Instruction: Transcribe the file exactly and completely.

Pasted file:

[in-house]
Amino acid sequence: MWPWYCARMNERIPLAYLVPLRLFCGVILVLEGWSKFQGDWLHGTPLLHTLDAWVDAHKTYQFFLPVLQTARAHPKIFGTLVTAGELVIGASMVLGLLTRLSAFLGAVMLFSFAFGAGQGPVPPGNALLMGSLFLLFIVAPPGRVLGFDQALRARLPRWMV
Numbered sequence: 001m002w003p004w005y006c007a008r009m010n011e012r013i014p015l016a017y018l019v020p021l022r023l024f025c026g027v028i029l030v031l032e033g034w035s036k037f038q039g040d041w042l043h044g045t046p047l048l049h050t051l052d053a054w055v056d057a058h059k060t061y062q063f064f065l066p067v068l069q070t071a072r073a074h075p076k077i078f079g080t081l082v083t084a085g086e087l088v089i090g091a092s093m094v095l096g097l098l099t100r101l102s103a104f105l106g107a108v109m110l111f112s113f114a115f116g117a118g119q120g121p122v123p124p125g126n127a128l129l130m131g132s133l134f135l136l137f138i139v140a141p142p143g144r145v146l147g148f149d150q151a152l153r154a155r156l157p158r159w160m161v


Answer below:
[in-house]
Amino acid sequence: MWPWYCARMNERIPLAYLVPLRLFCGVILVLEGWSKFQGDWLHGTPLLHTLDAWVDAHKTYQFFLPVLQTARAHPKIFGTLVTAGELVIGASMVLGLLTRLSAFLGAVMLFSFAFGAGQGPVPPGNALLMGSLFLLFIVAPPGRVLGFDQALRARLPRWMV
Numbered sequence: 001m002w003p004w005y006c007a008r009m010n011e012r013i014p015l016a017y018l019v020p021l022r023l024f025c026g027v028i029l030v031l032e033g034w035s036k037f038q039g040d041w042l043h044g045t046p047l048l049h050t051l052d053a054w055v056d057a058h059k060t061y062q063f064f065l066p067v068l069q070t071a072r073a074h075p076k077i078f079g080t081l082v083t084a085g086e087l088v089i090g091a092s093m094v095l096g097l098l099t100r101l102s103a104f105l106g107a108v109m110l111f112s113f114a115f116g117a118g119q120g121p122v123p124p125g126n127a128l129l130m131g132s133l134f135l136l137f138i139v140a141p142p143g144r145v146l147g148f149d150q151a152l153r154a155r156l157p158r159w160m161v